Unlike most racers, POD: Speedzone is a racer with a story. An alien bacterium with a penchant for infecting machinery has invaded the planet. As it infects a machine, it begins to mutate that machine into a new form. You must race for your car's life as you attempt to avoid the bacteria and bring down the checkered flag.
Each of POD's six tracks gush with life, as off-track events take place around every bend. Not only has the POD virus infected the cars, but the tracks have been overcome as well. There are several points where large tentacles crash down from above or strange fairylike creatures flitter down to the track to disrupt your progress. While there are only six tracks, each one contains countless shortcuts that will send your car careening into the air or flying across chasms into inlets carved into the side of large cliff faces. There are several points in each track where you are forced to navigate elevated track areas with no guardrails on either side. The amount of shortcuts included is staggering. Some take you along a longer route but give you a straightaway to gain some serious speed, while others shorten the track but force you to negotiate trackside obstacles. The sense of freedom while playing POD is exceptional, as you may stick to the beaten path or forge your own way off-road, looking for an elusive shortcut.
POD: Speedzone is aptly named, as its most impressive aspect is its sense of speed. Your car comes stock with a set amount of turbo that may be used at your whim. Learning each track so that you know when to intelligently employ the turbo boost generally translates into cutting into your best lap time. To keep things interesting, Ubi Soft has decided to include weapons and power-ups this time around, and each one has its own strategic advantage. You may place mines in sneaky places, send electron clouds skirting down the track in search of victims, or replenish your turbo reserves.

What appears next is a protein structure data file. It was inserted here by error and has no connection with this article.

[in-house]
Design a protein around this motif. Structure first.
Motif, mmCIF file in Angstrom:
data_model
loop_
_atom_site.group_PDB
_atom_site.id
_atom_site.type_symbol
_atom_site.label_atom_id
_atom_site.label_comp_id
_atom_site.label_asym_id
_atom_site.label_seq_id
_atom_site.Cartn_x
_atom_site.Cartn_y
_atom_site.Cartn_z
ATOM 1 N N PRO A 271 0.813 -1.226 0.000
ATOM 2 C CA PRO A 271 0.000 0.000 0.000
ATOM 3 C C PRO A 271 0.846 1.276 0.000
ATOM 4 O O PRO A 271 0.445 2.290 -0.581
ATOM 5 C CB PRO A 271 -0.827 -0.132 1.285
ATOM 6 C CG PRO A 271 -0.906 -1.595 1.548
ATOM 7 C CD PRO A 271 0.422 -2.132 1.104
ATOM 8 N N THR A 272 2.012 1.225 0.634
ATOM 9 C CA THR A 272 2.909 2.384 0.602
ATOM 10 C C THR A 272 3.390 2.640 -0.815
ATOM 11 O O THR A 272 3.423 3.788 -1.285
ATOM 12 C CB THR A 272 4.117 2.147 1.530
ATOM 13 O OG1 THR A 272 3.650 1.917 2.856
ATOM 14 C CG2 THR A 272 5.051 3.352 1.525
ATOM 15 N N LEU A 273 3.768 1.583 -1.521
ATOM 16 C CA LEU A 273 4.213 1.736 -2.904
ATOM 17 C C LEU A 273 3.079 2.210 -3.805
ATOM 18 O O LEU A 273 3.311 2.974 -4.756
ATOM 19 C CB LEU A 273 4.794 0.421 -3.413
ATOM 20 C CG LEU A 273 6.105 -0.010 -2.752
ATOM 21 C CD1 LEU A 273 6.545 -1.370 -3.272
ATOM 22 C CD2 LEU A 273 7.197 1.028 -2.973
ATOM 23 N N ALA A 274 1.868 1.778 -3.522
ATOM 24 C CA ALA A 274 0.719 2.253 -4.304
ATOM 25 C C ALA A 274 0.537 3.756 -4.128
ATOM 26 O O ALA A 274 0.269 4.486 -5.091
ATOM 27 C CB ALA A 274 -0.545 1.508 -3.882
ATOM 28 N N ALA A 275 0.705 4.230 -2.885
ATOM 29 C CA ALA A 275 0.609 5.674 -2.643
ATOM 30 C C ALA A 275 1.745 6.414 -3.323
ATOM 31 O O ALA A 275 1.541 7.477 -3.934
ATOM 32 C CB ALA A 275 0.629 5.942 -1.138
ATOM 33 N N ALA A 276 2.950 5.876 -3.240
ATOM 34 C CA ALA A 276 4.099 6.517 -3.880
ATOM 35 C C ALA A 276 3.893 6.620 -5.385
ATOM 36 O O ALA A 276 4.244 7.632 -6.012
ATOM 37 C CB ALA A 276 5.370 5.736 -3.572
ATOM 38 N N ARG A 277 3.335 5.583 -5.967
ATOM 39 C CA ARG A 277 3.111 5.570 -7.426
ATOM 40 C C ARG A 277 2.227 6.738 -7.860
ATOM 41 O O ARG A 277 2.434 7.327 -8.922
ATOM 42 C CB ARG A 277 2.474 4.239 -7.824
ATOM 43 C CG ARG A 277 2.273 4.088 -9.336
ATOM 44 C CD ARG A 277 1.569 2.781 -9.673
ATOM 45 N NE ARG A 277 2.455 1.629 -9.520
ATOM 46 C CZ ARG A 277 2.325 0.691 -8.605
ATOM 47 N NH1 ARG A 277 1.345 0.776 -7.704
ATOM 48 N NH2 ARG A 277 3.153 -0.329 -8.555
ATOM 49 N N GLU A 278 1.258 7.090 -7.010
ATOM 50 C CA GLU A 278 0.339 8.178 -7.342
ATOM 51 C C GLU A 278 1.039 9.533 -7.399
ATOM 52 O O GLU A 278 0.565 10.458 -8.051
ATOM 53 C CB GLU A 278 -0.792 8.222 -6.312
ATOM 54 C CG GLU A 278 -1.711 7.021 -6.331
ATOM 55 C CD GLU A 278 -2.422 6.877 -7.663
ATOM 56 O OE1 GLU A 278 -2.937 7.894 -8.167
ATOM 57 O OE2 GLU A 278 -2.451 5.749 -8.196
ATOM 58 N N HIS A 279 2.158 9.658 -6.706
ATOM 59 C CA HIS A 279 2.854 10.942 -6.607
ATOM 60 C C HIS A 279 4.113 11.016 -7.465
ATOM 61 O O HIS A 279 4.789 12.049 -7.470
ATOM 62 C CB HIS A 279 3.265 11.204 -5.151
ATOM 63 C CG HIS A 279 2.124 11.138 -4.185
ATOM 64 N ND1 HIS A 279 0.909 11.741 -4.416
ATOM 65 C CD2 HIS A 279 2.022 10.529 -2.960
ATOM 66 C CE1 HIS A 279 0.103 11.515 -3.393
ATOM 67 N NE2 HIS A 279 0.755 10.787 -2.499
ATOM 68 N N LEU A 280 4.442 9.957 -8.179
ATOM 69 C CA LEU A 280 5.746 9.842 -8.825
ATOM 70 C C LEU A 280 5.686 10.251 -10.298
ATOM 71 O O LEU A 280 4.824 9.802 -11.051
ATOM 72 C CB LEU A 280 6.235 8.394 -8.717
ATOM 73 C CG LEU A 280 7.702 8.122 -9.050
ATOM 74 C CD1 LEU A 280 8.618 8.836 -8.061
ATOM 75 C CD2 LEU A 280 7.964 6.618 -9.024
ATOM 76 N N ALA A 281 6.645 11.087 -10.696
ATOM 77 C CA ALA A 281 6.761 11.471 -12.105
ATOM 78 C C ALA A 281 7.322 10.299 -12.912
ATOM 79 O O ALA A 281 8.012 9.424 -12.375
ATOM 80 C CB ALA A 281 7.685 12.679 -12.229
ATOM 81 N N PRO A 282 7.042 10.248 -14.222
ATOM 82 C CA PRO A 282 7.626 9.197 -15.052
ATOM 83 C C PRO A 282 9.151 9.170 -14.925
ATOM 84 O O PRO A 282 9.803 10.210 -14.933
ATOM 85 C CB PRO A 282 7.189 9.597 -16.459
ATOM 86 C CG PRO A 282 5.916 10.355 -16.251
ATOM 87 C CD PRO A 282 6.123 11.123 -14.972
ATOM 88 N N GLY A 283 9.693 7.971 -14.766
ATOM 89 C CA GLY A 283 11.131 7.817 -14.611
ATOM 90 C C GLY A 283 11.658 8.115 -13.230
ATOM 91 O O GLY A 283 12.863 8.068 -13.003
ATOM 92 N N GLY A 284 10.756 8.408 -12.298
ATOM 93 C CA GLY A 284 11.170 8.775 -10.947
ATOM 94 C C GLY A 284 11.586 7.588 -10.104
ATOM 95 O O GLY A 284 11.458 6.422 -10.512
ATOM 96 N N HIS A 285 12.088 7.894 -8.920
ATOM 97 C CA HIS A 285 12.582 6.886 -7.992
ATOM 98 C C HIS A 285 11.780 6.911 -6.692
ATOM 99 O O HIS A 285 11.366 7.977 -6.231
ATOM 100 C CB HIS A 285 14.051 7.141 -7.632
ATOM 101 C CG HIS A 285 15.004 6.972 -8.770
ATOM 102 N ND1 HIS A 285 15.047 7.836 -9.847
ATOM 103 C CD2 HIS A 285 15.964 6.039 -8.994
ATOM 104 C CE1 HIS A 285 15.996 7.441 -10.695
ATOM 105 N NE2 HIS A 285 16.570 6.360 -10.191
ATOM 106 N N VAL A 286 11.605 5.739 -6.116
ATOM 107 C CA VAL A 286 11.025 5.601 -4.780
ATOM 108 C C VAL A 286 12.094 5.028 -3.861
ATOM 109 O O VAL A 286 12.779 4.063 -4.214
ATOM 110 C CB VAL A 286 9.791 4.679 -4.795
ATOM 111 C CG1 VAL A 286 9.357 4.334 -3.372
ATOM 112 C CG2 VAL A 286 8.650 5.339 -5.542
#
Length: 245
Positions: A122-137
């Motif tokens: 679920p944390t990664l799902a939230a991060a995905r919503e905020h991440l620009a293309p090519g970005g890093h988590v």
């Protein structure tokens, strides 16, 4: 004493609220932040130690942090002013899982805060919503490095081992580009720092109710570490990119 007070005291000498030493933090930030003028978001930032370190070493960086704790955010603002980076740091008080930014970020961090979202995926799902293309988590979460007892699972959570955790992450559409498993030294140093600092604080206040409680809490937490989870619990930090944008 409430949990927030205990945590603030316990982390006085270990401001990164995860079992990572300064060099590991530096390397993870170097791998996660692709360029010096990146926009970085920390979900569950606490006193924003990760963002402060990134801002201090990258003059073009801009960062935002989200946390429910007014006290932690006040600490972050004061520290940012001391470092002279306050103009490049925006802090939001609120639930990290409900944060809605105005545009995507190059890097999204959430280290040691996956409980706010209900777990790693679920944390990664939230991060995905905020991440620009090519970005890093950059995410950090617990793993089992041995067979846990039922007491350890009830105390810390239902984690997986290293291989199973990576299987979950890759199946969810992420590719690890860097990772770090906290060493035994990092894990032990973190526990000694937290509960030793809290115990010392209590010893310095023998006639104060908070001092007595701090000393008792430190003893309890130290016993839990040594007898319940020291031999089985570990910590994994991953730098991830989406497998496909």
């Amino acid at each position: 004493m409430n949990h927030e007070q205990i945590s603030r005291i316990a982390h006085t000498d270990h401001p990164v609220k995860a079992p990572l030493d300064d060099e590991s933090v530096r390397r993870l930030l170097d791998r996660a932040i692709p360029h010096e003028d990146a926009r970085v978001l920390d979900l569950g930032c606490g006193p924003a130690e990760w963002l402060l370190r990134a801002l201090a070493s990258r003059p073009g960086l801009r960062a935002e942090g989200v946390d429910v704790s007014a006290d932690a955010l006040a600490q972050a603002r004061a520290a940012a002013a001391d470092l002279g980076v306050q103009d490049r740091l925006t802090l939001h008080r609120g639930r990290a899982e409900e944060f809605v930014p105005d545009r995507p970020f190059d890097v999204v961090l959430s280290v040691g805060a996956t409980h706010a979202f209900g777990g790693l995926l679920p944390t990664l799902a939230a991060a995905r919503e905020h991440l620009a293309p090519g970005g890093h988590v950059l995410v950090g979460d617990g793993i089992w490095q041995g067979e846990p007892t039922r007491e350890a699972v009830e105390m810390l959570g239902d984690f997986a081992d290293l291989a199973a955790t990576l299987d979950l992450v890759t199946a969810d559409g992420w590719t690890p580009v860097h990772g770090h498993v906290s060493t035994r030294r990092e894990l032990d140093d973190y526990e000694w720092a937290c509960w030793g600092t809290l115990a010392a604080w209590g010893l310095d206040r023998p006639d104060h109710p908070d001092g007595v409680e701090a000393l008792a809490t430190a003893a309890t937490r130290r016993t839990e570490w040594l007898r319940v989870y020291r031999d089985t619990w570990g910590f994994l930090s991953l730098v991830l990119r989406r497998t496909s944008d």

To say that each of the six cars looks futuristic would be putting it lightly. Most appear to be a cross between an animal and an automobile. Ubi Soft claims the cars will mutate as you rack up the laps, but we have not been able to detect this feature thus far. Each car has its own specific characteristics for acceleration, brakes, shields, handling, boost, and speed. Sticking with the usual arcade racing conventions, POD doesn't allow you to tweak the attributes in any way. The controls take some getting used to. While the steering is arcade influenced, using your brakes is almost always a necessity, even while driving the cars with pumped-up handling characteristics
POD's graphics are shaping up nicely. The futuristic tracks are incredibly large, and the colorful textures are crisp and clear. The game engine impressively manages to handle both transparencies and particle effects, while large alien life-forms are animated off-track. The draw-in distance is probably one of the best on the Dreamcast to date, as pop-up is almost impossible to notice, even if you're looking for it. Perhaps the most impressive aspect of POD's visuals is the fact that, despite all these processor intensive operations, the frame rates stay silky smooth. This even holds true while five cars are onscreen at once.
POD: Speedzone's emphasis is clearly on multiplayer racing. The one-player mode is very basic, as it seems to exist solely for the purpose of sharpening your driving skills for hitting SegaNet's online circuit. Once online, you may race against up to three opponents, and new tracks and cars become available for selection. Before joining a race you may chat with other players. The PC version of the original POD allowed you to download new tracks and cars, but Ubi Soft has remained silent on whether these features will make the cut for Speedzone.
As one of Dreamcast's first online racing games, POD: Speedzone seems to be getting most things right. If you're the type of person who likes to log in serious hours running through the championship circuit in racing games, you might want to look somewhere else, as the one-player experience is fairly limited. But with its impressive graphics, lightning quick gameplay, high-flying antics, and smooth frame rates, POD is looking like an exciting online racing experience. Look for more on POD: Speedzone as its late November release date approaches.